Few educational apps use decades of experience of a veteran teacher to build their curriculum. Geometry, angles division, are just some of the lessons we teach through storytelling. We're a company that wants to do well by doing good.
Portland, OR (PRWEB) November 16, 2012
Imagine an app that holds children’s attention for close to an hour, lets them navigate an asteroid field, shoot rocks in the desert, and that actually teaches them math skills, too. Kids may not know they’re learning while they’re playing, but this app is now a new reality as the world’s first appisode The Digits launches to the Itunes store on November 16, 2012.
Produced in Portland by Oregon native Scotty Iseri, the app, or “appisode” as Iseri coined it, represents a new method of educational storytelling. Iseri began the project as a fellowship with Center for Asian American Media (CAAM) after watching math comprehension drop in the US, with ages 7 to 11 being the critical age to capture students’ attention. He saw apps trying but missing the mark on educational concepts, especially in ways that really grabs kids, and he hired a curriculum guides to make sure The Digits follows STEM (Science, Technology, Engineering and Math) curriculum.
Scotty wanted to make The Digits available to kids where they already are—on YouTube, on tablet devices, on their parent’s phones, and tries to teach them a math lesson while they're playing. The result? The Digits is now available in a town near you, and downloads on this first round are free for this show dubbed "Sesame Street for the Youtube Generation".
The Digits is a next generation educational show that combines live action narrative comedy and interactive gameplay to introduce math concepts to children ages 7-to-11. The story features a cosmic rock band and features a strong female lead character, and a couple aliens as her math-learning bandmates. Together, they form The Digits and their mission is to fight an evil record exec who’s out to make the galaxy stupid.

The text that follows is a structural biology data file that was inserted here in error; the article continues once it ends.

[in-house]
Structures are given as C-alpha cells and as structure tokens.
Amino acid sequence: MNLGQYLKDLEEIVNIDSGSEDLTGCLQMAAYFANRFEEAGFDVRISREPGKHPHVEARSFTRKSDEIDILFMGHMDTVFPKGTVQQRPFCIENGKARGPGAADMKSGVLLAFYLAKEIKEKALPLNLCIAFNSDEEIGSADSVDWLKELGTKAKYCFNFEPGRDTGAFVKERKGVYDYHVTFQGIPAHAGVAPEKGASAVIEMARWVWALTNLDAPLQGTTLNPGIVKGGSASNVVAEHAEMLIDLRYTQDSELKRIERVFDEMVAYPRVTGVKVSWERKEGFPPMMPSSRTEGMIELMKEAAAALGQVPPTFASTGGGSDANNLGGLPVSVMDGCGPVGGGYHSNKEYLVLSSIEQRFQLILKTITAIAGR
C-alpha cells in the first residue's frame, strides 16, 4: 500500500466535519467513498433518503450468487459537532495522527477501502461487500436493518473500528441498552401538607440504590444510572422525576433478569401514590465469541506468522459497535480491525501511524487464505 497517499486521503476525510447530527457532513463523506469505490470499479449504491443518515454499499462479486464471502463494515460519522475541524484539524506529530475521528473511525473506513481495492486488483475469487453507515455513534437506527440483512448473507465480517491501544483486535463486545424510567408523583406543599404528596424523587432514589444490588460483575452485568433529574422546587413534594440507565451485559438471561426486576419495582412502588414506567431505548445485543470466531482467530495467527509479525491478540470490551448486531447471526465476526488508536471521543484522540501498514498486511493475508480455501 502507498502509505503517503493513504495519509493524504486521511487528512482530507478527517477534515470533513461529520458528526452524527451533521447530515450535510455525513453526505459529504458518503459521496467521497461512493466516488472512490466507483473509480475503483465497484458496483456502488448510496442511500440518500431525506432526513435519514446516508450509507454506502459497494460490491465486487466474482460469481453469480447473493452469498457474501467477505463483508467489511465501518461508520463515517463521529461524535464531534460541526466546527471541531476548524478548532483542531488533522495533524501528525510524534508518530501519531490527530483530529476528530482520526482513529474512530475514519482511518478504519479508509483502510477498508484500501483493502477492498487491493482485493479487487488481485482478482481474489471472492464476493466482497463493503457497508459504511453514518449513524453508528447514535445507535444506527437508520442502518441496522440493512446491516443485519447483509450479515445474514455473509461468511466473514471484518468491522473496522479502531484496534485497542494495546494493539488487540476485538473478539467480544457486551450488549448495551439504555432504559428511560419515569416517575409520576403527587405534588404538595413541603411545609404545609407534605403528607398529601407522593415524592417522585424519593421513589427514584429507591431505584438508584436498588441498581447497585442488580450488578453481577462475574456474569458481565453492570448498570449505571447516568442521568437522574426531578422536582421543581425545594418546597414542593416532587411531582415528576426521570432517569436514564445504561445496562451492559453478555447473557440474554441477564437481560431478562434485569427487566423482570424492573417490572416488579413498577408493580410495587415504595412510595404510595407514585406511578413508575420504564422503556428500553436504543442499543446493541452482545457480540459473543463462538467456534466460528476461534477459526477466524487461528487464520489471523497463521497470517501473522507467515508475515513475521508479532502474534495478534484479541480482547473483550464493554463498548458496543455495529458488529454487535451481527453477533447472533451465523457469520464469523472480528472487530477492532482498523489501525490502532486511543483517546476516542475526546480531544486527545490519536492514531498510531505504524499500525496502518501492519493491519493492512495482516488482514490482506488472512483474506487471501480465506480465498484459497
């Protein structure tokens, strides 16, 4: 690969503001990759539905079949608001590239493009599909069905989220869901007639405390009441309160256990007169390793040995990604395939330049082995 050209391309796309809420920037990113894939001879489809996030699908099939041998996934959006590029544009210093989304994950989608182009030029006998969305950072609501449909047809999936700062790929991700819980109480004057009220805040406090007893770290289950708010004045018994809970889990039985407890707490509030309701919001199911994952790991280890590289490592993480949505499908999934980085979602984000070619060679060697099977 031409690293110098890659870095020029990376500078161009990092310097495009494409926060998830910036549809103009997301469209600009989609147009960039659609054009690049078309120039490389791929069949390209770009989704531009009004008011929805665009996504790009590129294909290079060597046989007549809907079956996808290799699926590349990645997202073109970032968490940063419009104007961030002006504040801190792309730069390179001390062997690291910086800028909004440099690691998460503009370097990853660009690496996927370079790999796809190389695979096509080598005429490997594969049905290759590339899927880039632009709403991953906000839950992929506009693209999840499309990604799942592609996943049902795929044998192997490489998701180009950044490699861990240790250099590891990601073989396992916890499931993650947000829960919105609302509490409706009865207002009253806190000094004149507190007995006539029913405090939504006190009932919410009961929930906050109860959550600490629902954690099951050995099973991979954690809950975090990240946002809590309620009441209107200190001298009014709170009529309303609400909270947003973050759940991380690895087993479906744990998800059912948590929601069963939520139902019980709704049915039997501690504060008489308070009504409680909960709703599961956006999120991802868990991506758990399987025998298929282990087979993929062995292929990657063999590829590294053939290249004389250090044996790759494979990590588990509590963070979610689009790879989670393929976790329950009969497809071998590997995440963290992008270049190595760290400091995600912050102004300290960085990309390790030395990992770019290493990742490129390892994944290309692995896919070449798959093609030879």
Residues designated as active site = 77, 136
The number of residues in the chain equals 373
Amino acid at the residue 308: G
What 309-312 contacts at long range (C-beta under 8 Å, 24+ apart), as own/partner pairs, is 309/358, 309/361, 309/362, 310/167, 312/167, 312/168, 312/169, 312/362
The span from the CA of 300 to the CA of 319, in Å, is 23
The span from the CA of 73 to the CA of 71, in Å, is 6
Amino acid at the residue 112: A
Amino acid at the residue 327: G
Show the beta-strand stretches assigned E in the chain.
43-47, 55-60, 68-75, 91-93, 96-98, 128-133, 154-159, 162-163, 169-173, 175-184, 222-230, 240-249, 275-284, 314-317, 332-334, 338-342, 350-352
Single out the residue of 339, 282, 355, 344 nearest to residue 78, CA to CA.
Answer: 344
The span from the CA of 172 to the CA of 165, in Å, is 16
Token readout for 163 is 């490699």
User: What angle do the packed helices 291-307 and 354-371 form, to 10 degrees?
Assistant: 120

By combining interactive gameplay seamlessly into the narrative, the outcome of the game directly affects the outcome of the story. Unlike many educational apps, The Digits was created under the guidance of a curriculum designer and implemented by a 20-year veteran schoolteacher. The Digits is the first New Media project to be granted rebates from the Oregon Governor's Office of Film & Television.
The Digits delivers over 40 minutes of storytelling fun and exciting engagement for children, but also creates a network between parents and kids. Through a subscription service, parents receive updates on their child's educational progress in plain English and with simple talking points and activities that bring the curriculum into the student's every day life.
The design team includes talent who have worked on shows including "The Suite Life of Zack and Cody" and "Paranorman". The app’s development was done by Battery Powered Games, whose team includes Dmitri Salcedo, who was also a developer for “Insanely Twisted Shadow Planet”. The part of Pavi, lead singer and main character of the series, is played by Seattle actress Sara Castilleja. The part of Gorgolax is played by Joe Bolenbaugh, and Ray Ray is played by puppeteer Lance Woolen (Coraline, Paranorman). Cinematography is by Studio Pebble and artwork is by Eisner Award winning artists such as Shannon Wheeler (Too Much Coffee Man), Ron Chan (The Guild) and Derek Kirk Kim (The Eternal Smile).
“Television viewership is down and kids are more likely to have access to a smart phone than a desktop computer,” says Iseri. “Instead of fighting for limited broadcast bandwidth, we want to go where our already audience is: on phones, tablets and YouTube.”
“Most children’s content (from TV shows to games) is funded by advertising, and the reality is that ad- funded programming does not have children's interests at heart,” said Iseri. “This is a new business model for launching an entertainment product. We're a company that wants to do well by doing good.”
Some other cool things about The Digits:
- 40+ minutes of video content packed into one free app
- 12 interactions with two mini games including asteroids and a door decoder
- The web series is available to anyone with access to a computer as part of youTube for Schools, and kids can even ask homework questions to moderators on the channel
- Kids control the outcome—can be longer or shorter and they can play over and over
- Subscription service offering notifications for parents with talking points
- The Digits is available on [Google Play for Android too